• How can you inject humor and hope in an on-brand way to help your customers and partners?
    • Can you provide links to other good options, even if you cannot provide yourself? For example, a Pilates instructor who does not have her own equipment and is not video recording savvy provided a link to classes that are good on YouTube in the interim.
  • Maintain ongoing and regular communications.  Consider a weekly cadence with value-added information, such as articles relevant to your business.
  • Focus on empathy and building a relationship with your customers and the community at large. Over-deliver on customer service.
  • Develop targeted communication to your best customers. Look for opportunities to help these customers get back to business as normal. 
  • Seek to understand how your customers’ needs are changing and look for creative ways to address them now – and to reposition your products or services for the future
  • Be tactful in pursuing immediate selling opportunities, even if you are in an industry where the demand is surging (safety, health, sanitation, virtual work) 
  • Keep in mind that your actions will have a lasting impact on your customers. For example, one gym let go of all of its employees without any notice because the gym was shut down. They did this presumably so their staff members could get unemployment. Certainly, customers heard of this employee experience and canceled or plan to cancel memberships. Owning the narrative is important before a decision becomes a PR nightmare.


  • Public relations can be a very effective tool in maintaining consumer and client relations, especially if you are in a service-oriented business. You want them all to know that you are still working hard and serving your customers and clients, despite the difficult environment.
  • Get behind the saying: “People first.” Take clear and well-lit photos and videos of you and your staff working in front of and behind the scenes. If you’re a business where customers are still allowed to come by (like take-out from a restaurant, for example), shoot photos of that as well to show you are actively serving. Shoot a 30-second video of you speaking directly at the camera, explaining what you’re doing to keep things going for your clients and consumers. 
  • Post these photos and videos on all your social media channels daily: Facebook, Instagram, Twitter, LinkedIn, and yes, your home web page. Let your followers, fans, and customers see who you are as people so they can have an emotional stake in you and your business, and ideally, support your efforts. Try to include at least several hashtags with each Instagram post.
  • Secondarily, if you provide products to consumers (like food, for example), post your best photos of them on social media as well. Create special easy-to-buy packages and items and post them on social media too. This is to emphasize your services are as great as they were before the virus hit.
  • National and local TV, radio and online publications are searching every day for good human interest stories about companies who are making the best of a tough situation AND finding time to do something good for other people who are not as fortunate, down on their luck or senior citizens who are barred from visitors. This is an important community gesture for you as well. You need to give the media a good reason to cover you in this context. So…
  • Think of something good you can do for one of those groups, whether it be financial or donations, or some kind of deliveries or good deeds. You can join forces with other companies and/or colleagues, as well as local organizations, and create something genuinely meaningful and generous to do. Again, the key is to make it all about people. Imagine something you’d hear about on TV or radio that would make you smile and say “we should do something like that.”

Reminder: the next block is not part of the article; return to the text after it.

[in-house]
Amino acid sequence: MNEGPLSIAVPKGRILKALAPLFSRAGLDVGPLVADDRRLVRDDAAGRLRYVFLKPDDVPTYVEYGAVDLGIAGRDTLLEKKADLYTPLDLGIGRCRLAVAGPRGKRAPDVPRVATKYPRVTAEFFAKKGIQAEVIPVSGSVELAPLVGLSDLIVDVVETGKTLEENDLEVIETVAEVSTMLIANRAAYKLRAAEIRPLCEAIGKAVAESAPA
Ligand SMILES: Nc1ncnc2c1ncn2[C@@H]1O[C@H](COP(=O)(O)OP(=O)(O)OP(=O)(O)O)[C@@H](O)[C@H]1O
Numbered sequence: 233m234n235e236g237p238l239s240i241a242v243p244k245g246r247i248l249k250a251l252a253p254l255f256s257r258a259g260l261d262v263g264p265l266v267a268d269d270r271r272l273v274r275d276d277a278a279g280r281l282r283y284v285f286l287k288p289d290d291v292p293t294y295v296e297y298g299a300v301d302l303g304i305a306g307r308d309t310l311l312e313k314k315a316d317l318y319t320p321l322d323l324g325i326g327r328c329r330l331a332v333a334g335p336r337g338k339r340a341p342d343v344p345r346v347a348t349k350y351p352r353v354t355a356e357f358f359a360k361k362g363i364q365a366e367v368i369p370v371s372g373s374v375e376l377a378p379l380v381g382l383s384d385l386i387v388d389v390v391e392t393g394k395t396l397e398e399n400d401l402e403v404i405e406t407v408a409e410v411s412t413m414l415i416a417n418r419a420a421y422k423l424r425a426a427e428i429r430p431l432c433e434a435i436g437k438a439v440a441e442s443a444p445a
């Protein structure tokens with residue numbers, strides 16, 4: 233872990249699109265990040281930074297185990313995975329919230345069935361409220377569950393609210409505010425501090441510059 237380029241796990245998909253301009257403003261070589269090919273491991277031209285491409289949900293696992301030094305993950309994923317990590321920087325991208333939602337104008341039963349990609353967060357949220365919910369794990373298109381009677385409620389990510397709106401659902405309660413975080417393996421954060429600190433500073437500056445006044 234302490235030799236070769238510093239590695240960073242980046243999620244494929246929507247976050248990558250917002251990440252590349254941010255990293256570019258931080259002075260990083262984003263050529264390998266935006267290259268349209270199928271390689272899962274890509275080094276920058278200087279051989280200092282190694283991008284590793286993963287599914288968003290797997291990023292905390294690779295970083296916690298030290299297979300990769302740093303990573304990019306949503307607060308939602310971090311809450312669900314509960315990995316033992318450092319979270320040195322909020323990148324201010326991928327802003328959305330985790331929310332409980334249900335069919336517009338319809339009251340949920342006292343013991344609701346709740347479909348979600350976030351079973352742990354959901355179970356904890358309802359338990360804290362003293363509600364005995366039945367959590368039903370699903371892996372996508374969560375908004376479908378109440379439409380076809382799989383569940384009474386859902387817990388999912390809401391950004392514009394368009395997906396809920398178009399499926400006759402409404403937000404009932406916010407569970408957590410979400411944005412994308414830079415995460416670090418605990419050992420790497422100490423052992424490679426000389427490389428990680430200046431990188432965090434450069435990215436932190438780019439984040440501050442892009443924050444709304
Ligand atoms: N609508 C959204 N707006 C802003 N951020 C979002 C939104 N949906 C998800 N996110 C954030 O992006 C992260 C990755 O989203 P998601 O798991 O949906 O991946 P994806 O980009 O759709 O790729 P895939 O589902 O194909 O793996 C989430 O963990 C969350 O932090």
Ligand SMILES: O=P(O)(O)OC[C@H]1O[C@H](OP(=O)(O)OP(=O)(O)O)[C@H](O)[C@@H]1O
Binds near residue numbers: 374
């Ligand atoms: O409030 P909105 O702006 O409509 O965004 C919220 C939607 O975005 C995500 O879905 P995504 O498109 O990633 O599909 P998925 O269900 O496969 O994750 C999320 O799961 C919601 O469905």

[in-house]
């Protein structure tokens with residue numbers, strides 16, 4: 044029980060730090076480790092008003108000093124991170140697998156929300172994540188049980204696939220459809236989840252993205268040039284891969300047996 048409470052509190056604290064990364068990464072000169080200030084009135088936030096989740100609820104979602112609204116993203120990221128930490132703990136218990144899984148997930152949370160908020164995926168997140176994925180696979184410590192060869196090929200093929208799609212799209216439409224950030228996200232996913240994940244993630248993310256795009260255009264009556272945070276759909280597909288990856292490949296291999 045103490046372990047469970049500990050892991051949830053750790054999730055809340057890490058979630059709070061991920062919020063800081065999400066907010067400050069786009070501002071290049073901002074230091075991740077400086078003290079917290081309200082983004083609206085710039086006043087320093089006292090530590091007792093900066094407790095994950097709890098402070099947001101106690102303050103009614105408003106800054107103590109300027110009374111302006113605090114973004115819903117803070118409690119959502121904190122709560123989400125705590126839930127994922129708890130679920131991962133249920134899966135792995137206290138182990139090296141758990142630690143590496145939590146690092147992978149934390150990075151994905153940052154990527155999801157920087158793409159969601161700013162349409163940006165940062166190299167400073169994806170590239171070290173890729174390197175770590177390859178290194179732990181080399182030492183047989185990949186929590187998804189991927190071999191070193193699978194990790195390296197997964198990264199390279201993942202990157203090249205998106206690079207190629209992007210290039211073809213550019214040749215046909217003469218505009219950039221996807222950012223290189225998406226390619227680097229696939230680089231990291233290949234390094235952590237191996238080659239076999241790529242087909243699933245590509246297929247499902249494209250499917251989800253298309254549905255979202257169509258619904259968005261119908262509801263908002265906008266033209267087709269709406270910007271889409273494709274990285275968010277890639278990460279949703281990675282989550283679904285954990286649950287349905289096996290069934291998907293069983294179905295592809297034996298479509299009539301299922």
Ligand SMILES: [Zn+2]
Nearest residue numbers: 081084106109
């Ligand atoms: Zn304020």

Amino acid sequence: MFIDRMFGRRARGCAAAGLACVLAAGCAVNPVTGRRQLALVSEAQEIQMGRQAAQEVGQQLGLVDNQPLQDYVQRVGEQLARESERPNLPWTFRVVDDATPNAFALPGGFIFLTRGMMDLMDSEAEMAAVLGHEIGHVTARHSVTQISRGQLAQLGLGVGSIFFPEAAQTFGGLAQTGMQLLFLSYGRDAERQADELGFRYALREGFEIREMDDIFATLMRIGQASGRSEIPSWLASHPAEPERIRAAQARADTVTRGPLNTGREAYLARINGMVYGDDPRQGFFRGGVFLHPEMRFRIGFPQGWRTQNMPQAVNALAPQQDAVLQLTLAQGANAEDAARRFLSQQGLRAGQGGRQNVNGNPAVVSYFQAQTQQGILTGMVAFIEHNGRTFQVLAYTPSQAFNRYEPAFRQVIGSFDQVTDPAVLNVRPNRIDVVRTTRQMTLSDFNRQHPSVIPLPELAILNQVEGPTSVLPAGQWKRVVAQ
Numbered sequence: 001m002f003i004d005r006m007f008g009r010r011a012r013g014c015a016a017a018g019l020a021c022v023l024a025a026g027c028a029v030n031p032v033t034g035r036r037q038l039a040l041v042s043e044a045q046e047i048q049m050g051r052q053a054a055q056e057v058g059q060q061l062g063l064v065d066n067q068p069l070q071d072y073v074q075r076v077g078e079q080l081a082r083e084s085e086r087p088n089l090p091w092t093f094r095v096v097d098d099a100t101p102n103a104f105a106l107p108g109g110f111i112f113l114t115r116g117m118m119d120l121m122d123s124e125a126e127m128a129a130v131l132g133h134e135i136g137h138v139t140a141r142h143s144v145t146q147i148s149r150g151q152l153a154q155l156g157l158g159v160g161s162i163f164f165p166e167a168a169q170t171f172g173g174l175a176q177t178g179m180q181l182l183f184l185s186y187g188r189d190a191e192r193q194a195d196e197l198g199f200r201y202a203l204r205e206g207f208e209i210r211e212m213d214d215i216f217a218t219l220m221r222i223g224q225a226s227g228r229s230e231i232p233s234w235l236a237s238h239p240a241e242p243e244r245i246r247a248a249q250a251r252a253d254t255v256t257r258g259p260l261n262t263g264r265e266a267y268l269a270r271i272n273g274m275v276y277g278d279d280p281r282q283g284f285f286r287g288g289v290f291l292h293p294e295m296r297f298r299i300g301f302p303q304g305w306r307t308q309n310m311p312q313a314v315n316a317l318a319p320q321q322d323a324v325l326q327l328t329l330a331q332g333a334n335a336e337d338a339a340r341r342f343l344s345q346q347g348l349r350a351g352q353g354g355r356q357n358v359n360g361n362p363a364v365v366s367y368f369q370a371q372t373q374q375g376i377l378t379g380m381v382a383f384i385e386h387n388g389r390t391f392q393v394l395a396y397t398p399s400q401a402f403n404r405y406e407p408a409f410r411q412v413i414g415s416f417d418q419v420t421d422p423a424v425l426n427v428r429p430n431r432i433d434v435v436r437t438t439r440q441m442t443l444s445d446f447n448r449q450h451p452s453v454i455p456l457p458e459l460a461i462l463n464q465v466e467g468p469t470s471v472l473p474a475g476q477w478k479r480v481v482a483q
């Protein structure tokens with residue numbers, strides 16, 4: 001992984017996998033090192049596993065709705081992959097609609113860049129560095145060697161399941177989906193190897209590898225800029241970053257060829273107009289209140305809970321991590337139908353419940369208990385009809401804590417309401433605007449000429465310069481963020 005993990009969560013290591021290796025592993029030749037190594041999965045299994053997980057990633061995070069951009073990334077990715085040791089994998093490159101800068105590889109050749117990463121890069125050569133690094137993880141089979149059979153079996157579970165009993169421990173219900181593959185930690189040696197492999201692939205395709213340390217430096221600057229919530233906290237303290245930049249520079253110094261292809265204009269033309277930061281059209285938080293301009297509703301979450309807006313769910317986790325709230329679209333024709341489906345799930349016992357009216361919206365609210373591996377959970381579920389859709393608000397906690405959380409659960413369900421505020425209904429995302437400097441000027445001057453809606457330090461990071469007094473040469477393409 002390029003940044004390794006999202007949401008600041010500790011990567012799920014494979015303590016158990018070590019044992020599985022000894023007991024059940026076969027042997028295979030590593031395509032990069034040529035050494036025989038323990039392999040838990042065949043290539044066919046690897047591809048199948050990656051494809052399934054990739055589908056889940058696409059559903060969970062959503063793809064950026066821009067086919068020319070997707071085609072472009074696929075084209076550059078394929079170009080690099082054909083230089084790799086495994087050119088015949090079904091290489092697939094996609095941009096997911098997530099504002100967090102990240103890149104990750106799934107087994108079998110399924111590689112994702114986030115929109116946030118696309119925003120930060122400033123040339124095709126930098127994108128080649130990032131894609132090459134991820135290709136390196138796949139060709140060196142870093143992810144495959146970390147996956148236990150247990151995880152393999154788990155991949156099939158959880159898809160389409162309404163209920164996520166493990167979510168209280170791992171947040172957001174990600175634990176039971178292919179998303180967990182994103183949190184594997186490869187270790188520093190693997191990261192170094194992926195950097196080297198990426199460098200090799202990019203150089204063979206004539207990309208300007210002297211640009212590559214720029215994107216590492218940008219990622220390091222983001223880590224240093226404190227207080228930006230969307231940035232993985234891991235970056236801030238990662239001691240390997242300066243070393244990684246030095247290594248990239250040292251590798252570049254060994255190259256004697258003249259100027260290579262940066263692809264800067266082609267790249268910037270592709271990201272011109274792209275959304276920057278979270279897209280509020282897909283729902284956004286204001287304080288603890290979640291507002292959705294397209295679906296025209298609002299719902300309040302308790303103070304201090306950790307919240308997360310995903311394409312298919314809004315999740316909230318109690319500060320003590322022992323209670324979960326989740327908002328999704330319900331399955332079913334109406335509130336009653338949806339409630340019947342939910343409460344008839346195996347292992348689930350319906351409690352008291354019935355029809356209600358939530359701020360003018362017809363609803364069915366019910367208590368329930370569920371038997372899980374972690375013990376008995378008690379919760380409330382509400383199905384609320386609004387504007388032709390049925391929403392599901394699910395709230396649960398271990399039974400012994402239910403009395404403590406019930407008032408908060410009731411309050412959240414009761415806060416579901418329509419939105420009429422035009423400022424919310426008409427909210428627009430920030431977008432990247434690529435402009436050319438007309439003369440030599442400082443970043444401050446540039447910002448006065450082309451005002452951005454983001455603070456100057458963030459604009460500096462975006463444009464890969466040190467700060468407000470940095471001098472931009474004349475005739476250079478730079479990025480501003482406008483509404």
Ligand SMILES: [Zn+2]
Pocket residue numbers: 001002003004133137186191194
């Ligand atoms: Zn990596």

• Call the assignment desks of your local TV and radio news stations and let them know in three sentences A) who you are, B) how the virus has adversely affected your business, and C) that despite the setbacks, you are doing this great thing to help others who are not as fortunate. Neighborhood papers all have the editorial staff email addresses and phone numbers on their web sites. If you are doing these good things with colleagues or other organizations, mention them too, and ask them to call the media as well.
  • Reading the local newspapers, listening to the radio, and watching TV will give you ideas of what to do and what works since the media is broadcasting these kinds of stories daily.


  • We will eventually be out of this current situation and while no one knows when and what that will look like, thinking about how you will bring your business back to full capacity is both smart to be ready and refreshing to think positively for the future.
  • Your best customers are the ones you want to retain… figure out who they are (if you don’t already know), reach out to them individually, try and provide some connection and community (free) and value (may cost you a bit).  Tell them they are important to you. Ask them what they need from you at this time, start a conversion. If you can’t get them to spend, at least you can get to understand them better, and these consumer insights will help you when this storm passes.
  • If you are low-resourced at this time, consider partnering with groups of “friendly” competitors or people in your ecosystem to provide value to common customers.  This way you can share resources
  • If you have downtime, consider creating prospective customer lists (if B2B) or partnership proposals to build your brand when “the new normal” settles in
  • Conduct informal consumer insights studies – talk to your best customers/partners to understand their connection to your business and how you can serve their needs even better in the future.  At this time, consumers will want to reminisce about their favorite BC (Before Corona) moments, and its great to understand what needs and emotions your brand evokes
  • Generate content – is there a blog or book that you’ve been meaning to write?  A podcast you’ve always wanted to launch? Use this time to develop content for your business to enrich the brand story and the connection you have with existing customers



Communicating Through the Coronavirus – Harvard Business Review

Crisis Communication Tips for Customer Service Teams – Help Scout


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Valentina Fomenko